Tone Awareness. Tone awareness was assessed by a tone

matching test. The participant listened to a stimulus syllable (e.g., gei in the falling tone) and then another two syllables, one in the same tone as the first syllable (e.g., gou in the falling tone) and the other in a different tone (e.g., gan in the falling-rising tone). The participant had to choose from the two Chinese syllables the one that had the same tone as the first syllable. There were 20 triads of syllables. In half of the triads, the stimulus syllable and the two choices in a triad had the same onset (e.g., gei, gou, and gan). In the other half, the stimulus syllable and the two choices had the same rime (gei, hei, and

fei). The maximum score for each participant was 20.

English Noun-Verb Stress Alternation Task

The task began with warm-up trials to make sure that the participants understood the task procedure. The stress alternation part of the task proceeded in an exposure-and-test format across four trials. Each trial consisted of an exposure phase and a test phase. Following the four trials of learning was a generalization test.

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Materials. The stimuli were eight pseudowords (conzee, feslak, roncerp, beldop, ponsect, convact, merest, and formand) selected from a study conducted by Kelly (1988). Eight animated clips were created and randomly paired with the eight pseudowords. Each clip depicted a strange object performing or experiencing a strange action, for example a single-eye monster with many elastic legs simultaneously shooting out and shrinking back to normal size (Figure 1).

Figure 1

An Example of the Animated Clips

The design of the task was adapted from an experimental paradigm developed by Cassidy and Kelly (2001), which examined whether native English-speaking children used syllable numbers as a prosodic cue in support of new word learning. There were two learning conditions in the present study: consistent and independent. In the consistent condition, the eight pseudowords were modeled with the stress pattern consistent with the contrasting pattern of English noun-verb opposition such as CONzee (noun) vs. conZEE (verb). In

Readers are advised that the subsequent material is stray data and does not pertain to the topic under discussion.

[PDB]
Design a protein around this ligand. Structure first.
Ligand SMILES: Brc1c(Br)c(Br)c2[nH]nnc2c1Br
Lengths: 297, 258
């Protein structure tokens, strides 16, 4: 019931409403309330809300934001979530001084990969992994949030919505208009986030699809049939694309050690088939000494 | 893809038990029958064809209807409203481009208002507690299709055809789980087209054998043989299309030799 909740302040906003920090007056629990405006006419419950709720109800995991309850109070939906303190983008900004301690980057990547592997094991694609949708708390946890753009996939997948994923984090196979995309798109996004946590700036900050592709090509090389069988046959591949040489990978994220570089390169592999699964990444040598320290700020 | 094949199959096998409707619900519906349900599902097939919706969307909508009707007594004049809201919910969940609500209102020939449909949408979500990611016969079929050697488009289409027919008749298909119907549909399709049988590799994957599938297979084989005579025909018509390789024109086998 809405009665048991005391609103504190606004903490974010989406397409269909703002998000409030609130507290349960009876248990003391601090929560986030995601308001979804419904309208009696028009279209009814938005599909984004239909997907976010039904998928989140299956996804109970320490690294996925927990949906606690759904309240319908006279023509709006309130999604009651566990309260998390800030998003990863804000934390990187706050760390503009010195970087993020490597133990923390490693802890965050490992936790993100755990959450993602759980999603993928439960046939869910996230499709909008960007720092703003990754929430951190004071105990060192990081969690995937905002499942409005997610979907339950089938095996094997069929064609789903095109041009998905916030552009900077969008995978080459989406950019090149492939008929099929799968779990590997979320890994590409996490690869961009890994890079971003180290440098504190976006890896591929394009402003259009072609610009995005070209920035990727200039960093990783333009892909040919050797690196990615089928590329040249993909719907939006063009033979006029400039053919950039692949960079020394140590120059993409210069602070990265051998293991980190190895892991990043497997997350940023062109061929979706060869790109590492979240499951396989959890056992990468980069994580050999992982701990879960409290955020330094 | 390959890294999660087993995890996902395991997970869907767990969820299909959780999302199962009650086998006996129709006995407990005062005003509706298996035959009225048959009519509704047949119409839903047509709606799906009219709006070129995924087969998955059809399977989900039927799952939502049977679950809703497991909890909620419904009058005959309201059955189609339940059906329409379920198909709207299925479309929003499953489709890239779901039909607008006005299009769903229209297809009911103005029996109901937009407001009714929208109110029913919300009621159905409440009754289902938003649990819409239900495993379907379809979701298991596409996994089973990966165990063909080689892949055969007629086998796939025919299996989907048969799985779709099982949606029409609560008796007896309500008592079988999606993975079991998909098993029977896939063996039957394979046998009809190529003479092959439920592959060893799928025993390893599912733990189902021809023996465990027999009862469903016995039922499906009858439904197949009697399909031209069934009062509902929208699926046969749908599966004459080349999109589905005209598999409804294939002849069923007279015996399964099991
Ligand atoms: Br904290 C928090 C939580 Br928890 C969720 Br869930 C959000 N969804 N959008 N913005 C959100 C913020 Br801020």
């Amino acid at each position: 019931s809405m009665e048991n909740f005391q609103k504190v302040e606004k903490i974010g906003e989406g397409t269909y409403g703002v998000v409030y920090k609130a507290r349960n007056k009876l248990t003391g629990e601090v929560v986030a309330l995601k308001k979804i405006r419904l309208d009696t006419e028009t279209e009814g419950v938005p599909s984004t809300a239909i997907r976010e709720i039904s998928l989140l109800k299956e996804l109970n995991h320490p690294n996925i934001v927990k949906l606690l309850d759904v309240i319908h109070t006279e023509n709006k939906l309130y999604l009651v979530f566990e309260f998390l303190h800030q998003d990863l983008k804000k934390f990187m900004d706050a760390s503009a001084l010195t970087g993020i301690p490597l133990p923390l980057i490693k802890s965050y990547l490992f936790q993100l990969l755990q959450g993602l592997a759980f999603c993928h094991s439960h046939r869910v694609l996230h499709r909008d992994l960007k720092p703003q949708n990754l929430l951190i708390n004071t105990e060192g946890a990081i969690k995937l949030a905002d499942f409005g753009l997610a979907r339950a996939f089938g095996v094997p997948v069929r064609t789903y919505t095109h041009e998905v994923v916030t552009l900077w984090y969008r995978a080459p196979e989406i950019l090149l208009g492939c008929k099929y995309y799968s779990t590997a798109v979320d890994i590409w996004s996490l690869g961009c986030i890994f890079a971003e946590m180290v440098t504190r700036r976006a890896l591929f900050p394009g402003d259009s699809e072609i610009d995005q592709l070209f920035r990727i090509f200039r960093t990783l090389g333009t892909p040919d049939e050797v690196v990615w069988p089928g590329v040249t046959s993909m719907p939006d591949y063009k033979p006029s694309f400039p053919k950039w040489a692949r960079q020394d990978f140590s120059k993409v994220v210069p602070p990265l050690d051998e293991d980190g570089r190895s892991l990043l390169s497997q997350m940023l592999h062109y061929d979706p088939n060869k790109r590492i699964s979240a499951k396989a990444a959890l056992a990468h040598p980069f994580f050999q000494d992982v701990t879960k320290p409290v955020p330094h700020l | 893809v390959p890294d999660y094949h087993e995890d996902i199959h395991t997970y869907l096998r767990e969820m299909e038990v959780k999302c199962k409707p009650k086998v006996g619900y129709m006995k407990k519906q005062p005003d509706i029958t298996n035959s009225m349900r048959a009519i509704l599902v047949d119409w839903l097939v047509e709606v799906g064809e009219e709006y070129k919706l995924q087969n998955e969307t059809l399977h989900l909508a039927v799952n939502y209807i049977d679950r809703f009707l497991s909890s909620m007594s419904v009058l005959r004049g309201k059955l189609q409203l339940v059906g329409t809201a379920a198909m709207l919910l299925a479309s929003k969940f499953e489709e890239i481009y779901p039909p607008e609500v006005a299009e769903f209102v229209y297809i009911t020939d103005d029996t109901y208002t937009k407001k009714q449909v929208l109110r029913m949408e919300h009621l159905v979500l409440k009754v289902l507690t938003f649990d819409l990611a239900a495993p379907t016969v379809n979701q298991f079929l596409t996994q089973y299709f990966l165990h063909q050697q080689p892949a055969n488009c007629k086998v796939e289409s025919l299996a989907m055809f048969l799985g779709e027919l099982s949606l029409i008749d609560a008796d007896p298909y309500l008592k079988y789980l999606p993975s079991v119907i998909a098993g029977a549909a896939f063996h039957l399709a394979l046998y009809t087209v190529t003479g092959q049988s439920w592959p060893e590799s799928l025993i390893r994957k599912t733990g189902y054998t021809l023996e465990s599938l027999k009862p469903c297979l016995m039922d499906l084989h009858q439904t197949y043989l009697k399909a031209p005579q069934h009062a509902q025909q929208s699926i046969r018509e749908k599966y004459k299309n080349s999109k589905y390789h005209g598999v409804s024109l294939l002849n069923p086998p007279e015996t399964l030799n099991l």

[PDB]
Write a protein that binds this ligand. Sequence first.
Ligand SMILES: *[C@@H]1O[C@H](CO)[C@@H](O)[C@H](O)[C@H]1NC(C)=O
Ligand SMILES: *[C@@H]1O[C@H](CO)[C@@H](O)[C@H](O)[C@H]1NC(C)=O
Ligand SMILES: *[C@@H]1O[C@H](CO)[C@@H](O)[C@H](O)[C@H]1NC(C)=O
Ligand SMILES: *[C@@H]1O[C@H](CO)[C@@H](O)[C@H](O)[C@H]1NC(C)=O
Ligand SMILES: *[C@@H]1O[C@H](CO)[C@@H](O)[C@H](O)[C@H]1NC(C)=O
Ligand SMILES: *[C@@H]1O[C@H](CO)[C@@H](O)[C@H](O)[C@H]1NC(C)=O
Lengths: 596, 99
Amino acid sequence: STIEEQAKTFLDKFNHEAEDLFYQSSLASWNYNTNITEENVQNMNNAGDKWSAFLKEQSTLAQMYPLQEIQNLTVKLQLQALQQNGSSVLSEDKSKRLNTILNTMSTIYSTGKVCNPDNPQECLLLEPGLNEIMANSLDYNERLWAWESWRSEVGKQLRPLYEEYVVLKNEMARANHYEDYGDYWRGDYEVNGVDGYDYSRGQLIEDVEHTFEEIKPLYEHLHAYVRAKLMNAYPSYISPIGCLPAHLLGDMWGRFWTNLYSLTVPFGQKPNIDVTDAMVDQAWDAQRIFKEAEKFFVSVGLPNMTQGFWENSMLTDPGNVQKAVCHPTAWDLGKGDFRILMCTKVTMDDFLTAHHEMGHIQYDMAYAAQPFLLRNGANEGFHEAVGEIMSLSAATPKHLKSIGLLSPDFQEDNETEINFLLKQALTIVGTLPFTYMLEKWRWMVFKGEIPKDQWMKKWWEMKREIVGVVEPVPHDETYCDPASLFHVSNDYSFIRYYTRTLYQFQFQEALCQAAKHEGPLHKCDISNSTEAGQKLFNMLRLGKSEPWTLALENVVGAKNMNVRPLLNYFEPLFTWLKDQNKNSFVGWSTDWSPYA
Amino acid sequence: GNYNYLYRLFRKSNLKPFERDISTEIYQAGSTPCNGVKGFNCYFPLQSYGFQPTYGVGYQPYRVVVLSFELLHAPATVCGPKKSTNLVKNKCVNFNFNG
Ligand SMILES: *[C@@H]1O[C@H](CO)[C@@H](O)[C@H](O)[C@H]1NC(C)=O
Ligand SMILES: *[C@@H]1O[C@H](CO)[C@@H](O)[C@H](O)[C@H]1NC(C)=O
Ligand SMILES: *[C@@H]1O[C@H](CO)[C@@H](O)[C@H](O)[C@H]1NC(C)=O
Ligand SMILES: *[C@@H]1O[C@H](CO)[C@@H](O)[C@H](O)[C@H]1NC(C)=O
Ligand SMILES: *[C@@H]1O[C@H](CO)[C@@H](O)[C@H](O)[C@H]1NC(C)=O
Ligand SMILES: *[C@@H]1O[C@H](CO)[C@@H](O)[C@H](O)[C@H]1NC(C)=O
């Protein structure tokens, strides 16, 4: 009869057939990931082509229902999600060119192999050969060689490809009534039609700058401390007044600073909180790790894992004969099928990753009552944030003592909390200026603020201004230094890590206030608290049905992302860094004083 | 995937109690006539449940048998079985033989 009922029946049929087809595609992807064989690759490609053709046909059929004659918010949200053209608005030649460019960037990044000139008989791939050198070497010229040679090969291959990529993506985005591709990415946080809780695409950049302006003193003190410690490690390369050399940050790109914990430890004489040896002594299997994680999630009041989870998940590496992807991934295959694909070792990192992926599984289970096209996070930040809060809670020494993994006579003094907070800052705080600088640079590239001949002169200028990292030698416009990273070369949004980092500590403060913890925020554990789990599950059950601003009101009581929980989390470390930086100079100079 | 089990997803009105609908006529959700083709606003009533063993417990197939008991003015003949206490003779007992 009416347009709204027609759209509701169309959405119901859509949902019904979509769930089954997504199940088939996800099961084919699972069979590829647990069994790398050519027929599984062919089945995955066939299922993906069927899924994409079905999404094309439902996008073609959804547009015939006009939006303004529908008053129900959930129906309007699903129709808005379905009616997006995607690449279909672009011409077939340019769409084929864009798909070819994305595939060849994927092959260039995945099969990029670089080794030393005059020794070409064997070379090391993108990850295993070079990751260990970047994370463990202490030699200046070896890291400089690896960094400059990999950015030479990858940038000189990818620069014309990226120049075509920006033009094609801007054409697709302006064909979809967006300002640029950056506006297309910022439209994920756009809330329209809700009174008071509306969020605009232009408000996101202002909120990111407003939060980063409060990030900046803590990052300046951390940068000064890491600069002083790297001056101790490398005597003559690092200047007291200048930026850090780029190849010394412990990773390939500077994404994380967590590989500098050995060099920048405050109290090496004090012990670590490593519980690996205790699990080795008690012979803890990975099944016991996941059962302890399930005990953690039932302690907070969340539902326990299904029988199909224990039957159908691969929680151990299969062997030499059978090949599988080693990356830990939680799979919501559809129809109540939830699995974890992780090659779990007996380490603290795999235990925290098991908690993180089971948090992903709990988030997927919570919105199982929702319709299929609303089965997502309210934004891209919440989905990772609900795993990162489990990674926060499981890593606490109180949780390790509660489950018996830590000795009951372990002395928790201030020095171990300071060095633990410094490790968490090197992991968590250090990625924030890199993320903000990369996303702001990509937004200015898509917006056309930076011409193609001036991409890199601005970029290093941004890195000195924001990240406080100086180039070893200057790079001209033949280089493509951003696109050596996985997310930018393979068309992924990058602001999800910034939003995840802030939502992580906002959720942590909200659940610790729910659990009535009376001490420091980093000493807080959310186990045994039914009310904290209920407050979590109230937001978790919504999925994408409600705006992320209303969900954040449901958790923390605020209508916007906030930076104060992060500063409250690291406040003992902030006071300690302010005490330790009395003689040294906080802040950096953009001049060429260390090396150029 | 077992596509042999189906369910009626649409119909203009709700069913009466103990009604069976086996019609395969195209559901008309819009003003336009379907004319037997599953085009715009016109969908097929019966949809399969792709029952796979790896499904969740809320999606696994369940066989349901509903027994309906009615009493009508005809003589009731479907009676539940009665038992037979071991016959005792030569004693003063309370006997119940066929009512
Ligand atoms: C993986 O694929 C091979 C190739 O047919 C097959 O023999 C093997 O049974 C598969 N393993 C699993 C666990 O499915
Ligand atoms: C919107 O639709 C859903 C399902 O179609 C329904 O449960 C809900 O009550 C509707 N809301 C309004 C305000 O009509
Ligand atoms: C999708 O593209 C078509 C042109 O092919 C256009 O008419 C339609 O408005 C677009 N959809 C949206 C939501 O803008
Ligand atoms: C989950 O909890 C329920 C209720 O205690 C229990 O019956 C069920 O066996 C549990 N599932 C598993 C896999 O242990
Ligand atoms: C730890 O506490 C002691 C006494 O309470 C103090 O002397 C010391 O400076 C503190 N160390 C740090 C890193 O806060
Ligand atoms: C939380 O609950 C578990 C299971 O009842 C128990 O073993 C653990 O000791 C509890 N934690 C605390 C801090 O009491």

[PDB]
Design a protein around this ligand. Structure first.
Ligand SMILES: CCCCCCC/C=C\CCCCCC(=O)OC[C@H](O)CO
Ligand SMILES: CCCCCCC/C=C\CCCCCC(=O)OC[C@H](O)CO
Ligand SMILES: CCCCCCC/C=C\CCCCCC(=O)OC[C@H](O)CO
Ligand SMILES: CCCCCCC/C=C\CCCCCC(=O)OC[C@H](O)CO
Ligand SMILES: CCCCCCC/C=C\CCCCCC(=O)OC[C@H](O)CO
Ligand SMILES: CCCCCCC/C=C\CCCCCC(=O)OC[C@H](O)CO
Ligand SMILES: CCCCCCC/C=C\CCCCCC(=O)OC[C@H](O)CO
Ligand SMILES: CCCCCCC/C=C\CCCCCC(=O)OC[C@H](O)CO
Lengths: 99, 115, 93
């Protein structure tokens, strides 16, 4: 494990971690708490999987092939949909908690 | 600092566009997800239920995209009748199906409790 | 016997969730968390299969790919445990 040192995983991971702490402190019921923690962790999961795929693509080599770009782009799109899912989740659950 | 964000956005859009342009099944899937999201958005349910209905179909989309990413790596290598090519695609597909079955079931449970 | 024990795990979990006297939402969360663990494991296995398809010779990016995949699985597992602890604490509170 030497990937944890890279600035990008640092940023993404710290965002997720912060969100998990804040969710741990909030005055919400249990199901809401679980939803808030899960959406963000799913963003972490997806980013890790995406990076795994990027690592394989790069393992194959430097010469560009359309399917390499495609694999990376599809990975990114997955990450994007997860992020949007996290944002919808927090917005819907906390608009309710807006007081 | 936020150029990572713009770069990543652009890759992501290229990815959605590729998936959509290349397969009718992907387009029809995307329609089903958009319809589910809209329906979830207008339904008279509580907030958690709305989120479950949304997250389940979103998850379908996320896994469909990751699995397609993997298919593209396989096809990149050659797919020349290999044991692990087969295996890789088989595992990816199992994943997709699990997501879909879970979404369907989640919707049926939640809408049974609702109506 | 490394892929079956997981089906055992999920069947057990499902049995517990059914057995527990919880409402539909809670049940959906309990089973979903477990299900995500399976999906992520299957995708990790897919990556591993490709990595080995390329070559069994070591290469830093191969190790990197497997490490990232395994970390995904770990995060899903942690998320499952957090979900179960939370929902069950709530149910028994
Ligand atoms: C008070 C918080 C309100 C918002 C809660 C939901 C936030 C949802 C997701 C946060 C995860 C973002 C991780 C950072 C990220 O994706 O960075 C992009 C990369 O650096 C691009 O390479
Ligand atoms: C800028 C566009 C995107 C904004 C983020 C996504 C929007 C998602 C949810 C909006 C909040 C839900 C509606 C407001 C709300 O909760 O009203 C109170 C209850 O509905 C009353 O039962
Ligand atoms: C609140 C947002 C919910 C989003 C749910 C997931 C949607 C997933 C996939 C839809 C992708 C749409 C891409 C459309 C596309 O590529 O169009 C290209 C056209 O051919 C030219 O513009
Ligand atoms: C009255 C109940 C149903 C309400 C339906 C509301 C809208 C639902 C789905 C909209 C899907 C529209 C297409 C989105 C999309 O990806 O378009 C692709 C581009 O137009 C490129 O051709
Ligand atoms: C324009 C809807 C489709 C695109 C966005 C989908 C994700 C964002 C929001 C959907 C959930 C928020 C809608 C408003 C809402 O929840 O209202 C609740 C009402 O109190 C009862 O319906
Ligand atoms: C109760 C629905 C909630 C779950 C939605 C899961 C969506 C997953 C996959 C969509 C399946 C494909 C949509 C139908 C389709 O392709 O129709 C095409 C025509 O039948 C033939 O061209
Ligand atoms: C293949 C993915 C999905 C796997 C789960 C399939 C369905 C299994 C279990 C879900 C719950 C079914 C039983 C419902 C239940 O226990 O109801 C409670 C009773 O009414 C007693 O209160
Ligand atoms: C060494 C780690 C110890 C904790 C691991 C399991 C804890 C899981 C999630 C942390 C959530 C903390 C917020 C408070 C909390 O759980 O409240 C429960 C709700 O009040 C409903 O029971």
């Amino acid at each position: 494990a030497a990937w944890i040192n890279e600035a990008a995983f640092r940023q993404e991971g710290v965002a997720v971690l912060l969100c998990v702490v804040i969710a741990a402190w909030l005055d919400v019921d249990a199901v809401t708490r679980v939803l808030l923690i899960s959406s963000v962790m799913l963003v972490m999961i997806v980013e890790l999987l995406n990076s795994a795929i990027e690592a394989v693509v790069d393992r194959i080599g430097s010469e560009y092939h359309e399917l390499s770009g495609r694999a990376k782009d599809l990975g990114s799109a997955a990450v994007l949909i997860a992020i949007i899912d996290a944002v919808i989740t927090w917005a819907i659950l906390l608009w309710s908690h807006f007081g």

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the independent condition, no apparent rules governed the stress pattern of the pseudowords. The participants in each age group were randomly assigned to one of the two conditions. They had to learn the meaning of the pseudoword per clip depending on the condition.

Warm-up Trials. There were two warm-up trials, in which

video clips of two familiar actions (sleeping and singing) and two familiar animals (a dog and a cat) were used to familiarize the participants with the exposure-and-test format of the task. In the exposure phase, the participant watched four animated clips one by one. Each clip depicted one of the familiar animals (dog or cat) performing one of the familiar actions (sleeping or singing). Each of the clips was described by two English sentences, one introducing the noun (‘This is a ______’ or ‘I like the ______’) and the other the verb (‘It ______s’ or ‘It is ______ing’). After the four clips were presented and described to the participant, the test phase began with the participant watching the four clips one by one again in a different order. For each clip, the participant was read two sentences and he or she had to choose the one that better described the clip. For example, after seeing the clip of a dog’s singing, the participant was asked, “Which sentence is correct, this is a dog, or this is a sing?” Both the noun dog and the verb sing matched the scene in the clip but only one appeared in the appropriate sentential position. The warm-up trials prepared the participant for the subsequent noun-verb stress alternation task, which required selection of a sentence that had the pseudoword in the appropriate sentential position.